Without employing direct references to the real world, Yves Tanguy painted surreal landscapes laden with strange, indeterminate forms. Tanguy taught himself how to paint after seeing a work by Giorgio de Chirico through the window of an art gallery. In 1925, he joined the Surrealist group in Paris, and in a relatively short time, he developed a style that remained consistent from 1927 until his death. In Indefinite Divisibility, which Tanguy painted after moving to the United States, a mysterious structure dominates the foreground and casts a dark shadow, a visual motif he borrowed from de Chirico. In this work, space appears infinite, like an endless desert. The atmosphere is dense and oppressive, yet also penetrated by strong, warming light.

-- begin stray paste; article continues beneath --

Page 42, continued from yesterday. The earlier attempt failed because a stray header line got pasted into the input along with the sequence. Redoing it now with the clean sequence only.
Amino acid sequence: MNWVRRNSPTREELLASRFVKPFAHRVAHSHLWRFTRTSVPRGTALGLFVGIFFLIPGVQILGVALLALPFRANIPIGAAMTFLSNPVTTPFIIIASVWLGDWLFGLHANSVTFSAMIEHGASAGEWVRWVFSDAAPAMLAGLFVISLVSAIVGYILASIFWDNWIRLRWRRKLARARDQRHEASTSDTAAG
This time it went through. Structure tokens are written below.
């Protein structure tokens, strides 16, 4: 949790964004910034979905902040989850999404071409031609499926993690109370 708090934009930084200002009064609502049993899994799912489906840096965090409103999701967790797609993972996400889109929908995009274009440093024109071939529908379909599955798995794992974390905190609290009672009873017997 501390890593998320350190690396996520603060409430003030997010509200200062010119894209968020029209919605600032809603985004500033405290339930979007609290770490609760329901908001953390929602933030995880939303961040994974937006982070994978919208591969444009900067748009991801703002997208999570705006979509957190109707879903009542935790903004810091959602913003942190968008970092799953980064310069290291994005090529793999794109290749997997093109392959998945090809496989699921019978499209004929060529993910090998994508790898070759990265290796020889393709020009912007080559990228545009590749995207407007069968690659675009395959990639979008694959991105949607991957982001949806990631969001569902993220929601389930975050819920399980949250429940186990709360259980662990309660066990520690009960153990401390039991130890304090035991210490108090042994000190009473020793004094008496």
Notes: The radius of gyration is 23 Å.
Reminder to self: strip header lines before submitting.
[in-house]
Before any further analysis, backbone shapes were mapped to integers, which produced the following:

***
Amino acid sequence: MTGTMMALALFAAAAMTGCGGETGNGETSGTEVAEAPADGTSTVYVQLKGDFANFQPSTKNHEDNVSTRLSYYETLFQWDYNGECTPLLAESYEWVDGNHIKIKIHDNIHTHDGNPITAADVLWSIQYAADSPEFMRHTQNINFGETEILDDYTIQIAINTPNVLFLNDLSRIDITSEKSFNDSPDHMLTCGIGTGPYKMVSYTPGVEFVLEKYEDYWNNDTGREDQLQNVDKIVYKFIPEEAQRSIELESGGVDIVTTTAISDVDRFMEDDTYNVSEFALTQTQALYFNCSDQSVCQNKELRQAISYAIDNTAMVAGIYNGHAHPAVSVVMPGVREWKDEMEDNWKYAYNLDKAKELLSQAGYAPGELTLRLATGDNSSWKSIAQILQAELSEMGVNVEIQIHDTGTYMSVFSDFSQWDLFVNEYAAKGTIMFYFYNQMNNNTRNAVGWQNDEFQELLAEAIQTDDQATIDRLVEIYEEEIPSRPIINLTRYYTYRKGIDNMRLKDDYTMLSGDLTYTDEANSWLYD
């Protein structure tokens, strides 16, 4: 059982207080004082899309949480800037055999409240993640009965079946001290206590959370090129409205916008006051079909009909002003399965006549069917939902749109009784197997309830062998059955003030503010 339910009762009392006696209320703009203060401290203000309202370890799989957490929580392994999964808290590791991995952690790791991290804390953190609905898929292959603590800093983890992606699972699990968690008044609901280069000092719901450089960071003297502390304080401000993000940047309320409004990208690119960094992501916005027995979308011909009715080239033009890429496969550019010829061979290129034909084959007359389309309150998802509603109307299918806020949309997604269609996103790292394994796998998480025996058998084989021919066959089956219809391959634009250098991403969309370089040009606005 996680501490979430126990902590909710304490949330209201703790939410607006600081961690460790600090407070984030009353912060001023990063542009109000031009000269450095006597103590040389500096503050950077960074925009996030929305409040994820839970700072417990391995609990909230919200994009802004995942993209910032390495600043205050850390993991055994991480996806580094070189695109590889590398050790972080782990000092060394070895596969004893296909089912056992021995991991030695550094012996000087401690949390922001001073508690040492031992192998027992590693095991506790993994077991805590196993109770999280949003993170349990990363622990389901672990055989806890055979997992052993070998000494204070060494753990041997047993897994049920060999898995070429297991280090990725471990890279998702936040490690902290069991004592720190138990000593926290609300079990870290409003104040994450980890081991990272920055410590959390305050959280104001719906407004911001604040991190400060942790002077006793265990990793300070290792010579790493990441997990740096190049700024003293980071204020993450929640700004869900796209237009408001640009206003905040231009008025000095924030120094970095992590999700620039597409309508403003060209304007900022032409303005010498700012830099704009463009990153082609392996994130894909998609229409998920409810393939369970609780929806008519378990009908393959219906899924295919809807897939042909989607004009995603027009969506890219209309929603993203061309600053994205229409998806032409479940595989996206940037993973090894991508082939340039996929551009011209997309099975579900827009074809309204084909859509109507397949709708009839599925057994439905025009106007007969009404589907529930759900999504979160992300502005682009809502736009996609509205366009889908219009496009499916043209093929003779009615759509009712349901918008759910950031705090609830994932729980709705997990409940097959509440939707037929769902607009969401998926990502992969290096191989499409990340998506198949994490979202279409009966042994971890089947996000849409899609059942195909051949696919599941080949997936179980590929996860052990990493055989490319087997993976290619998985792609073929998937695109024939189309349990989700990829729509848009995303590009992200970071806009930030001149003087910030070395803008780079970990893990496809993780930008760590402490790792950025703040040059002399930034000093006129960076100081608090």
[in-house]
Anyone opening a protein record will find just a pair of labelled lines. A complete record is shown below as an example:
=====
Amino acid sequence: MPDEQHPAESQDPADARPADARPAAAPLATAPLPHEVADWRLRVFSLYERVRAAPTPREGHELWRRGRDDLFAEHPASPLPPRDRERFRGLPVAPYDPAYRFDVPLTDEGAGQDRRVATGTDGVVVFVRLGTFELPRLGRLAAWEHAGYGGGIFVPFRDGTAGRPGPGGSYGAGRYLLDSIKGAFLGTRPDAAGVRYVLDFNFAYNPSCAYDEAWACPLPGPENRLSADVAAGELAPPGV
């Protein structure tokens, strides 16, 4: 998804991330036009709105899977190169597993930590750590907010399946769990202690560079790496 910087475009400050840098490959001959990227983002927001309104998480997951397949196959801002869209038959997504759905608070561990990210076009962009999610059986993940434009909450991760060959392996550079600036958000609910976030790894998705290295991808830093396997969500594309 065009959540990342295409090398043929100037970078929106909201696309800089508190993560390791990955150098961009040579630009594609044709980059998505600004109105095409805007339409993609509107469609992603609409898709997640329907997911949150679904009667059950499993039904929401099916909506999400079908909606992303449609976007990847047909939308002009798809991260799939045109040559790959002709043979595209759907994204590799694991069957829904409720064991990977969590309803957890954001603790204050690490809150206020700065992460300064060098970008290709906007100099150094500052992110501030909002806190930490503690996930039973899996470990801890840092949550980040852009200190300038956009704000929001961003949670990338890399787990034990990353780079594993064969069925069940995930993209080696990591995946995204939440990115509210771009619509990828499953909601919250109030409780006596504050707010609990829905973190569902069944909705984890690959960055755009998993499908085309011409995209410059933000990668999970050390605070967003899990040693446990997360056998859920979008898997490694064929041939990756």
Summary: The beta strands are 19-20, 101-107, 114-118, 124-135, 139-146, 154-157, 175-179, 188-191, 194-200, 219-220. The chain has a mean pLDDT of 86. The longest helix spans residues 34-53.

Label from Picasso: The Artist and His Models, November 5, 2016–February 19, 2017